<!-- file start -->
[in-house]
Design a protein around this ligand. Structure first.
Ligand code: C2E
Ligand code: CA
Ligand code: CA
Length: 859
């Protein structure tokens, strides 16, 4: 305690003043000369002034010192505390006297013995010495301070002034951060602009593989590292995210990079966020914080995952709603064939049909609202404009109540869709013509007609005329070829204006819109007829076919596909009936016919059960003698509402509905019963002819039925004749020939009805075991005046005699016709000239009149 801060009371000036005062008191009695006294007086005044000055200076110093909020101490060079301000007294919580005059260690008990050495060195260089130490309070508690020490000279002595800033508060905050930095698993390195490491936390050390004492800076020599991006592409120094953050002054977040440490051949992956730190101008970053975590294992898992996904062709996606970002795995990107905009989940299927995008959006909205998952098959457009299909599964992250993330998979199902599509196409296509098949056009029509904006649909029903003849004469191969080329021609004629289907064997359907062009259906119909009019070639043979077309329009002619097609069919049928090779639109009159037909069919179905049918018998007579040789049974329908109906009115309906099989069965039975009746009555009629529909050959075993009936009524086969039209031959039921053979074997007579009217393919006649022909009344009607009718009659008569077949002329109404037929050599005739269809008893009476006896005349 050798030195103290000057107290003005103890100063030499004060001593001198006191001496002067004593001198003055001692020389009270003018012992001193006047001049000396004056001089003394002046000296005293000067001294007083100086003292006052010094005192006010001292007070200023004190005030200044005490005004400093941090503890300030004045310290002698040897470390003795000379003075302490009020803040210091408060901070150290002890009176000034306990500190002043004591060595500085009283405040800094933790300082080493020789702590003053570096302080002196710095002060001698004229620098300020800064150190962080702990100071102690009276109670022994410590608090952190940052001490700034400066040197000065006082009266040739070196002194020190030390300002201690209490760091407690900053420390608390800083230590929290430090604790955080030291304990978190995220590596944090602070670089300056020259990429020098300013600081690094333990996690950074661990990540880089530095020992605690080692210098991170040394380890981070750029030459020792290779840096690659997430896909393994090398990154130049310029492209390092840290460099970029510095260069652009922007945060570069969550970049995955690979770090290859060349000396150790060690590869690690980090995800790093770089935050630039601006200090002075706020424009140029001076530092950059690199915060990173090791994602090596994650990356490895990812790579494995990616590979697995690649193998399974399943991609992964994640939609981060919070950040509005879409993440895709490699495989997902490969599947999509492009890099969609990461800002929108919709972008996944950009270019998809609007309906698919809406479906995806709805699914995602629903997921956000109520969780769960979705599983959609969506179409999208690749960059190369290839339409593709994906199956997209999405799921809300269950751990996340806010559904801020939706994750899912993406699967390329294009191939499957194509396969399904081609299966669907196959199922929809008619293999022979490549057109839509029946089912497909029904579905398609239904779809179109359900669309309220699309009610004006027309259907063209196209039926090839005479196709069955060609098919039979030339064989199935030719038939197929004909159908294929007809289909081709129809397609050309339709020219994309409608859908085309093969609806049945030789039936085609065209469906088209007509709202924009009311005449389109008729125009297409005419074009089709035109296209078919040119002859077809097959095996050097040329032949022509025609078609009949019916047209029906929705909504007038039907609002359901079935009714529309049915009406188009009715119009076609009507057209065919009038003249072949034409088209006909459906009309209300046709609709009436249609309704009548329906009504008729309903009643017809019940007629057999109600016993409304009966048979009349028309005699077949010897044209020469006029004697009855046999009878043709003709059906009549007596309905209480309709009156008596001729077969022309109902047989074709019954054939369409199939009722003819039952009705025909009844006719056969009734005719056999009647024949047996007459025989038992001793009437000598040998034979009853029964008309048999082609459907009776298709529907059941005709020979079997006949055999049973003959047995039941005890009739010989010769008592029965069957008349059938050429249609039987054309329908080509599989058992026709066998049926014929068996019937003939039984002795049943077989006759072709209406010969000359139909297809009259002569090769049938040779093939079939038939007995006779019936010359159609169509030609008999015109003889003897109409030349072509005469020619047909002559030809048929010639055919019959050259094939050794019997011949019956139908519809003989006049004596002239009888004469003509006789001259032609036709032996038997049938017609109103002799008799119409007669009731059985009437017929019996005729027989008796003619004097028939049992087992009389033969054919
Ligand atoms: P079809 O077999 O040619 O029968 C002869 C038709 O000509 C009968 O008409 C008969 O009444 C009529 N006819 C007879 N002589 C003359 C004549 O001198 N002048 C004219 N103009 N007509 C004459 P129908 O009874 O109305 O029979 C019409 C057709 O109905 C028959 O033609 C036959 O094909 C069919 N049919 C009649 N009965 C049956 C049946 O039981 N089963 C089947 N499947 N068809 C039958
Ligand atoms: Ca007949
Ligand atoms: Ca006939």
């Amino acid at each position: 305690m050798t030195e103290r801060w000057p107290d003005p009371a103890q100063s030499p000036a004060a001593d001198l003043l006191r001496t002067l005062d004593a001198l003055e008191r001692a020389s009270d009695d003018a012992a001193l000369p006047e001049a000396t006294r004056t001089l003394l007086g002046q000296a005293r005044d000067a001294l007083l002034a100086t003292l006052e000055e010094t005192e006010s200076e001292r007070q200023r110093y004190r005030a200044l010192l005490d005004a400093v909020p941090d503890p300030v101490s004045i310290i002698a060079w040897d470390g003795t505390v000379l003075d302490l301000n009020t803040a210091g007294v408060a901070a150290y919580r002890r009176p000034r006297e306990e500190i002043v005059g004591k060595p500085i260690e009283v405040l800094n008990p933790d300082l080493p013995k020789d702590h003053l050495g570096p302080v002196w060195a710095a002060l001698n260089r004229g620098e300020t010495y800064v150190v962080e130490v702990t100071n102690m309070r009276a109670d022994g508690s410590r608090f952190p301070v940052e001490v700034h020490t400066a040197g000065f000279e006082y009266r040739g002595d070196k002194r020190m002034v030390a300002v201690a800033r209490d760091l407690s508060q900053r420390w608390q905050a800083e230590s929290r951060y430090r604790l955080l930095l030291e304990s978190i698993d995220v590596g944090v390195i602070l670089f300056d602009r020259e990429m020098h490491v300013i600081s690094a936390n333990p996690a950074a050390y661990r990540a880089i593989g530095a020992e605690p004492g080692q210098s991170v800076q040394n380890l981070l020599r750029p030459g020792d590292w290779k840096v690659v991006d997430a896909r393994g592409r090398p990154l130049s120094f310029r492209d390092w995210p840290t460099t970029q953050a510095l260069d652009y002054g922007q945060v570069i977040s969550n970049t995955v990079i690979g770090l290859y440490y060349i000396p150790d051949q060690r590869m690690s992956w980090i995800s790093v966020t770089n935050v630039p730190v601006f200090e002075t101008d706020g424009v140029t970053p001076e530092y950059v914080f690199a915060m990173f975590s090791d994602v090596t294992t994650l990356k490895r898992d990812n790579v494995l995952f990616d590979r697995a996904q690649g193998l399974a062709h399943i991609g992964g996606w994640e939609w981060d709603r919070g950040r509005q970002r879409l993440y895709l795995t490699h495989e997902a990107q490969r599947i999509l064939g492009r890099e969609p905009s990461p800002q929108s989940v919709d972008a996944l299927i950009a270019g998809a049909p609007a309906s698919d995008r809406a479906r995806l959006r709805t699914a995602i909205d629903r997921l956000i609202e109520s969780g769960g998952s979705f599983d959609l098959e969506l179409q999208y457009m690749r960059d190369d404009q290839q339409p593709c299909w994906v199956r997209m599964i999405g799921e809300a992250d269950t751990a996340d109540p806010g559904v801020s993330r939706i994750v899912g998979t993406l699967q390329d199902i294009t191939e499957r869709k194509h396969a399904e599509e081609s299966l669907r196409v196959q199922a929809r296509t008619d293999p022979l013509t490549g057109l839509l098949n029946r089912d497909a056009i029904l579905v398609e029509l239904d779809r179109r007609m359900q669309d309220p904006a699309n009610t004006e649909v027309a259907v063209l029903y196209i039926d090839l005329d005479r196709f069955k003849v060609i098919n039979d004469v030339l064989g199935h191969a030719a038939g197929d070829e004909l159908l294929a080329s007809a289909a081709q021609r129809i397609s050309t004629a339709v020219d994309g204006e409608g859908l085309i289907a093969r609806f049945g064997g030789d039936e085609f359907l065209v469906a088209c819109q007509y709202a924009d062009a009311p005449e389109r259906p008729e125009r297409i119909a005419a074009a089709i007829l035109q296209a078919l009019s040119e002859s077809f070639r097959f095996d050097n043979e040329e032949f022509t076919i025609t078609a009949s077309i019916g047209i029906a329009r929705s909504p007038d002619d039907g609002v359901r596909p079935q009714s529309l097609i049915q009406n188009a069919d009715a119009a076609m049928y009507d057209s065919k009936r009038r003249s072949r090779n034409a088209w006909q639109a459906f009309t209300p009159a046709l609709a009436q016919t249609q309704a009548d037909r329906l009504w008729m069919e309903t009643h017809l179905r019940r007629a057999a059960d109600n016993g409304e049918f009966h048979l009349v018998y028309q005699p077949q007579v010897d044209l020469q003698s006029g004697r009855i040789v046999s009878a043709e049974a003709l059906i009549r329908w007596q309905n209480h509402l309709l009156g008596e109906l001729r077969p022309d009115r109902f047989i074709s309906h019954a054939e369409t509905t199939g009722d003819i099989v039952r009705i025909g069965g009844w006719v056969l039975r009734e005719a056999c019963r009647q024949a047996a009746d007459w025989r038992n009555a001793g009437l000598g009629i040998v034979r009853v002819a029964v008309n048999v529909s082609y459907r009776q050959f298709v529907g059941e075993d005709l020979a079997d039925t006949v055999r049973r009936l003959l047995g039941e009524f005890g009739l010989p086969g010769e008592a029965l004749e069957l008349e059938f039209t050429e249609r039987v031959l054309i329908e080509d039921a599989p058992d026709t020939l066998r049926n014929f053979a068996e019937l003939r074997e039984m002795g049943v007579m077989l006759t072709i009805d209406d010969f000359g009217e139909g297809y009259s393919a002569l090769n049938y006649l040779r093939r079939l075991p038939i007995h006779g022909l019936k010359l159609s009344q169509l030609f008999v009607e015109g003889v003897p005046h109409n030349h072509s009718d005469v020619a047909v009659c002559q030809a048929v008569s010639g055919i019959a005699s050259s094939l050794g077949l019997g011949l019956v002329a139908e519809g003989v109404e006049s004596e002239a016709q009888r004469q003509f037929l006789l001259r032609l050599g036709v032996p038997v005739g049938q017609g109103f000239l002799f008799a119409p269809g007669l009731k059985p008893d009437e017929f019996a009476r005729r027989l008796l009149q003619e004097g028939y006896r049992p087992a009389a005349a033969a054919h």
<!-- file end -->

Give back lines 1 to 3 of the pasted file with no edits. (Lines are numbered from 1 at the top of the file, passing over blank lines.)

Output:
[in-house]
Design a protein around this ligand. Structure first.
Ligand code: C2E